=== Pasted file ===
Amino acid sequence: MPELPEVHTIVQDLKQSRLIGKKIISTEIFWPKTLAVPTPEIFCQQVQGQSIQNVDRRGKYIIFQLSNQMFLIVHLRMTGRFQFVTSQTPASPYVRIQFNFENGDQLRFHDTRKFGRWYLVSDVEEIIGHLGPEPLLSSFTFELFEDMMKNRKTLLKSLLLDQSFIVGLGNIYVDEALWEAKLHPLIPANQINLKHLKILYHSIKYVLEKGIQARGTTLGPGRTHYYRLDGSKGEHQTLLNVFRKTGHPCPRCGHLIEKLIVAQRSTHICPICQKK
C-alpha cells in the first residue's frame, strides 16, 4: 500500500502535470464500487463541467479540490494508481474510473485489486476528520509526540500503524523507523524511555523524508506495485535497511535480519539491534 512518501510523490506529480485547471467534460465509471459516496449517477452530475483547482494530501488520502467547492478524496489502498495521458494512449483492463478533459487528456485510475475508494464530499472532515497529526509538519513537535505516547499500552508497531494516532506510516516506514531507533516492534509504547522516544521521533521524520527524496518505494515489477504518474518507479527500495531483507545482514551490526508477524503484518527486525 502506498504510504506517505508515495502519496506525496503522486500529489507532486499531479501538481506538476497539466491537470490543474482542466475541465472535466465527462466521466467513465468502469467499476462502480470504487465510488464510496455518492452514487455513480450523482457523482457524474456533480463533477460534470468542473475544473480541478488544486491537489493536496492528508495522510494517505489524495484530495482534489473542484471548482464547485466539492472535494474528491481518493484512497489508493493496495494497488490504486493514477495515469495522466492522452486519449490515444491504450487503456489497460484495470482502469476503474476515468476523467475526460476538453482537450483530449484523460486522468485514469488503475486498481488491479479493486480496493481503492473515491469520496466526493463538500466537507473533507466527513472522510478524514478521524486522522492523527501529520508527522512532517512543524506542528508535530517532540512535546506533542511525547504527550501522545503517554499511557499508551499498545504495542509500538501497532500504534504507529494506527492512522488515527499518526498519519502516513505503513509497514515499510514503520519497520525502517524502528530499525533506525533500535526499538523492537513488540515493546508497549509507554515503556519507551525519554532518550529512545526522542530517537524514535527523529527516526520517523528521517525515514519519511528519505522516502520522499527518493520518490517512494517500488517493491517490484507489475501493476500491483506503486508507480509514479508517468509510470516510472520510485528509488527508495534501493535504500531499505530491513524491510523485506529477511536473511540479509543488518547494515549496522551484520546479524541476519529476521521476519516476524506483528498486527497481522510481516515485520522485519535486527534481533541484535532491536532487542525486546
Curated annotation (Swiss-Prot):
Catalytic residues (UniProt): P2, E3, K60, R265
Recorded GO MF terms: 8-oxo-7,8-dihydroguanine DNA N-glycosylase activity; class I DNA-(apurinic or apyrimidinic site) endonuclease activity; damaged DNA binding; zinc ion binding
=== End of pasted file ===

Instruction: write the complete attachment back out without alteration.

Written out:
Amino acid sequence: MPELPEVHTIVQDLKQSRLIGKKIISTEIFWPKTLAVPTPEIFCQQVQGQSIQNVDRRGKYIIFQLSNQMFLIVHLRMTGRFQFVTSQTPASPYVRIQFNFENGDQLRFHDTRKFGRWYLVSDVEEIIGHLGPEPLLSSFTFELFEDMMKNRKTLLKSLLLDQSFIVGLGNIYVDEALWEAKLHPLIPANQINLKHLKILYHSIKYVLEKGIQARGTTLGPGRTHYYRLDGSKGEHQTLLNVFRKTGHPCPRCGHLIEKLIVAQRSTHICPICQKK
C-alpha cells in the first residue's frame, strides 16, 4: 500500500502535470464500487463541467479540490494508481474510473485489486476528520509526540500503524523507523524511555523524508506495485535497511535480519539491534 512518501510523490506529480485547471467534460465509471459516496449517477452530475483547482494530501488520502467547492478524496489502498495521458494512449483492463478533459487528456485510475475508494464530499472532515497529526509538519513537535505516547499500552508497531494516532506510516516506514531507533516492534509504547522516544521521533521524520527524496518505494515489477504518474518507479527500495531483507545482514551490526508477524503484518527486525 502506498504510504506517505508515495502519496506525496503522486500529489507532486499531479501538481506538476497539466491537470490543474482542466475541465472535466465527462466521466467513465468502469467499476462502480470504487465510488464510496455518492452514487455513480450523482457523482457524474456533480463533477460534470468542473475544473480541478488544486491537489493536496492528508495522510494517505489524495484530495482534489473542484471548482464547485466539492472535494474528491481518493484512497489508493493496495494497488490504486493514477495515469495522466492522452486519449490515444491504450487503456489497460484495470482502469476503474476515468476523467475526460476538453482537450483530449484523460486522468485514469488503475486498481488491479479493486480496493481503492473515491469520496466526493463538500466537507473533507466527513472522510478524514478521524486522522492523527501529520508527522512532517512543524506542528508535530517532540512535546506533542511525547504527550501522545503517554499511557499508551499498545504495542509500538501497532500504534504507529494506527492512522488515527499518526498519519502516513505503513509497514515499510514503520519497520525502517524502528530499525533506525533500535526499538523492537513488540515493546508497549509507554515503556519507551525519554532518550529512545526522542530517537524514535527523529527516526520517523528521517525515514519519511528519505522516502520522499527518493520518490517512494517500488517493491517490484507489475501493476500491483506503486508507480509514479508517468509510470516510472520510485528509488527508495534501493535504500531499505530491513524491510523485506529477511536473511540479509543488518547494515549496522551484520546479524541476519529476521521476519516476524506483528498486527497481522510481516515485520522485519535486527534481533541484535532491536532487542525486546
Curated annotation (Swiss-Prot):
Catalytic residues (UniProt): P2, E3, K60, R265
Recorded GO MF terms: 8-oxo-7,8-dihydroguanine DNA N-glycosylase activity; class I DNA-(apurinic or apyrimidinic site) endonuclease activity; damaged DNA binding; zinc ion binding